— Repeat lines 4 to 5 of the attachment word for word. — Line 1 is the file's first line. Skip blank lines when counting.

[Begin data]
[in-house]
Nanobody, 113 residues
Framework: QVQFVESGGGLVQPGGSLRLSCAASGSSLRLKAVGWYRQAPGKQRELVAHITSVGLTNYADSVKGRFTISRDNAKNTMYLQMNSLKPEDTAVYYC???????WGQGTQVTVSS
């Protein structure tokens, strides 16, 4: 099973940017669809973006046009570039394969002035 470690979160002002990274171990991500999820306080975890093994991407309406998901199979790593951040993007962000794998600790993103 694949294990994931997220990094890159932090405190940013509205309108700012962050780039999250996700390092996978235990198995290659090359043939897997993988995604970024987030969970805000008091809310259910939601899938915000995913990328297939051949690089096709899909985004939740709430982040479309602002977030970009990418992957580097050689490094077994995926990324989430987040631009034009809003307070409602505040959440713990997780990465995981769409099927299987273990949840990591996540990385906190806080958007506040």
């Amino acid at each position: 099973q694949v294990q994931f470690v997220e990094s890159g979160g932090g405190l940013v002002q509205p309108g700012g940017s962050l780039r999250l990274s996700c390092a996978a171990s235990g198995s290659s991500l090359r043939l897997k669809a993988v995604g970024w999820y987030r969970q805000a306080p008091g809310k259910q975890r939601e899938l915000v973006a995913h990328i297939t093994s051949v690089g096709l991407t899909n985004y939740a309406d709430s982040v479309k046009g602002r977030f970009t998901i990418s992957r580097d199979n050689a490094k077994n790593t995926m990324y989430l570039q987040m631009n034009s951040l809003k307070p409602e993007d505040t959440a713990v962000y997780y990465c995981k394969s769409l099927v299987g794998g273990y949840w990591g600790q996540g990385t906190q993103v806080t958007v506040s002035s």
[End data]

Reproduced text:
């Protein structure tokens, strides 16, 4: 099973940017669809973006046009570039394969002035 470690979160002002990274171990991500999820306080975890093994991407309406998901199979790593951040993007962000794998600790993103 694949294990994931997220990094890159932090405190940013509205309108700012962050780039999250996700390092996978235990198995290659090359043939897997993988995604970024987030969970805000008091809310259910939601899938915000995913990328297939051949690089096709899909985004939740709430982040479309602002977030970009990418992957580097050689490094077994995926990324989430987040631009034009809003307070409602505040959440713990997780990465995981769409099927299987273990949840990591996540990385906190806080958007506040």
């Amino acid at each position: 099973q694949v294990q994931f470690v997220e990094s890159g979160g932090g405190l940013v002002q509205p309108g700012g940017s962050l780039r999250l990274s996700c390092a996978a171990s235990g198995s290659s991500l090359r043939l897997k669809a993988v995604g970024w999820y987030r969970q805000a306080p008091g809310k259910q975890r939601e899938l915000v973006a995913h990328i297939t093994s051949v690089g096709l991407t899909n985004y939740a309406d709430s982040v479309k046009g602002r977030f970009t998901i990418s992957r580097d199979n050689a490094k077994n790593t995926m990324y989430l570039q987040m631009n034009s951040l809003k307070p409602e993007d505040t959440a713990v962000y997780y990465c995981k394969s769409l099927v299987g794998g273990y949840w990591g600790q996540g990385t906190q993103v806080t958007v506040s002035s």